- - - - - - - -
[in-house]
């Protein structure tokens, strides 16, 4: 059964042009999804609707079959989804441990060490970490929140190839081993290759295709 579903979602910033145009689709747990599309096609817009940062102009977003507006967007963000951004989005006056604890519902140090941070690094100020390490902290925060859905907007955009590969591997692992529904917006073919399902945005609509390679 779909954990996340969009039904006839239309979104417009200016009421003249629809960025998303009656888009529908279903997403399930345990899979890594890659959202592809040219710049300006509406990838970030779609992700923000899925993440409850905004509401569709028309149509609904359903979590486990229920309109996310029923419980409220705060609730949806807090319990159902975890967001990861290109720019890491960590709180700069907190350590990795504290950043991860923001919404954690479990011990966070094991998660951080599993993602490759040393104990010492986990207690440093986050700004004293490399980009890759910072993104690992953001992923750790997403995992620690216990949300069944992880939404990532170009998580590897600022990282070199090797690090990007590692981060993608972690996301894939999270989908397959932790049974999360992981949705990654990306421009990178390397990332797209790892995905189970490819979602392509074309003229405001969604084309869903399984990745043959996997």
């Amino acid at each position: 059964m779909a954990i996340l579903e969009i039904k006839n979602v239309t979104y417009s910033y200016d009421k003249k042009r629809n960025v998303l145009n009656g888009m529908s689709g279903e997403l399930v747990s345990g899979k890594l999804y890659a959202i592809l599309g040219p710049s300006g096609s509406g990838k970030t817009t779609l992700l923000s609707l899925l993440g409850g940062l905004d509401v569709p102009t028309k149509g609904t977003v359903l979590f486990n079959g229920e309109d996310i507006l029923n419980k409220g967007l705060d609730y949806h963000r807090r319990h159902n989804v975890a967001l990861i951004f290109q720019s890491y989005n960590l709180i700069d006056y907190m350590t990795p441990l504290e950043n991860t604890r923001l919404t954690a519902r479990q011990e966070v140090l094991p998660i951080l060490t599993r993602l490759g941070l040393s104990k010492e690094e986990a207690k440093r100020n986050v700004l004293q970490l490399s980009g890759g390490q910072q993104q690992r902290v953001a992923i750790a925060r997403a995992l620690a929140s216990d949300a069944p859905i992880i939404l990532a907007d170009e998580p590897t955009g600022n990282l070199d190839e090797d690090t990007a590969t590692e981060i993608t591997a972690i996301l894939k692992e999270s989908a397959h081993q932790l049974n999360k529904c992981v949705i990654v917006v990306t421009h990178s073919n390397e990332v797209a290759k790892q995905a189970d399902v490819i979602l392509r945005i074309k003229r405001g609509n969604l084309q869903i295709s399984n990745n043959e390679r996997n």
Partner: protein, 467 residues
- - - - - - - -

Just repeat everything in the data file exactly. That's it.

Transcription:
[in-house]
């Protein structure tokens, strides 16, 4: 059964042009999804609707079959989804441990060490970490929140190839081993290759295709 579903979602910033145009689709747990599309096609817009940062102009977003507006967007963000951004989005006056604890519902140090941070690094100020390490902290925060859905907007955009590969591997692992529904917006073919399902945005609509390679 779909954990996340969009039904006839239309979104417009200016009421003249629809960025998303009656888009529908279903997403399930345990899979890594890659959202592809040219710049300006509406990838970030779609992700923000899925993440409850905004509401569709028309149509609904359903979590486990229920309109996310029923419980409220705060609730949806807090319990159902975890967001990861290109720019890491960590709180700069907190350590990795504290950043991860923001919404954690479990011990966070094991998660951080599993993602490759040393104990010492986990207690440093986050700004004293490399980009890759910072993104690992953001992923750790997403995992620690216990949300069944992880939404990532170009998580590897600022990282070199090797690090990007590692981060993608972690996301894939999270989908397959932790049974999360992981949705990654990306421009990178390397990332797209790892995905189970490819979602392509074309003229405001969604084309869903399984990745043959996997």
């Amino acid at each position: 059964m779909a954990i996340l579903e969009i039904k006839n979602v239309t979104y417009s910033y200016d009421k003249k042009r629809n960025v998303l145009n009656g888009m529908s689709g279903e997403l399930v747990s345990g899979k890594l999804y890659a959202i592809l599309g040219p710049s300006g096609s509406g990838k970030t817009t779609l992700l923000s609707l899925l993440g409850g940062l905004d509401v569709p102009t028309k149509g609904t977003v359903l979590f486990n079959g229920e309109d996310i507006l029923n419980k409220g967007l705060d609730y949806h963000r807090r319990h159902n989804v975890a967001l990861i951004f290109q720019s890491y989005n960590l709180i700069d006056y907190m350590t990795p441990l504290e950043n991860t604890r923001l919404t954690a519902r479990q011990e966070v140090l094991p998660i951080l060490t599993r993602l490759g941070l040393s104990k010492e690094e986990a207690k440093r100020n986050v700004l004293q970490l490399s980009g890759g390490q910072q993104q690992r902290v953001a992923i750790a925060r997403a995992l620690a929140s216990d949300a069944p859905i992880i939404l990532a907007d170009e998580p590897t955009g600022n990282l070199d190839e090797d690090t990007a590969t590692e981060i993608t591997a972690i996301l894939k692992e999270s989908a397959h081993q932790l049974n999360k529904c992981v949705i990654v917006v990306t421009h990178s073919n390397e990332v797209a290759k790892q995905a189970d399902v490819i979602l392509r945005i074309k003229r405001g609509n969604l084309q869903i295709s399984n990745n043959e390679r996997n």
Partner: protein, 467 residues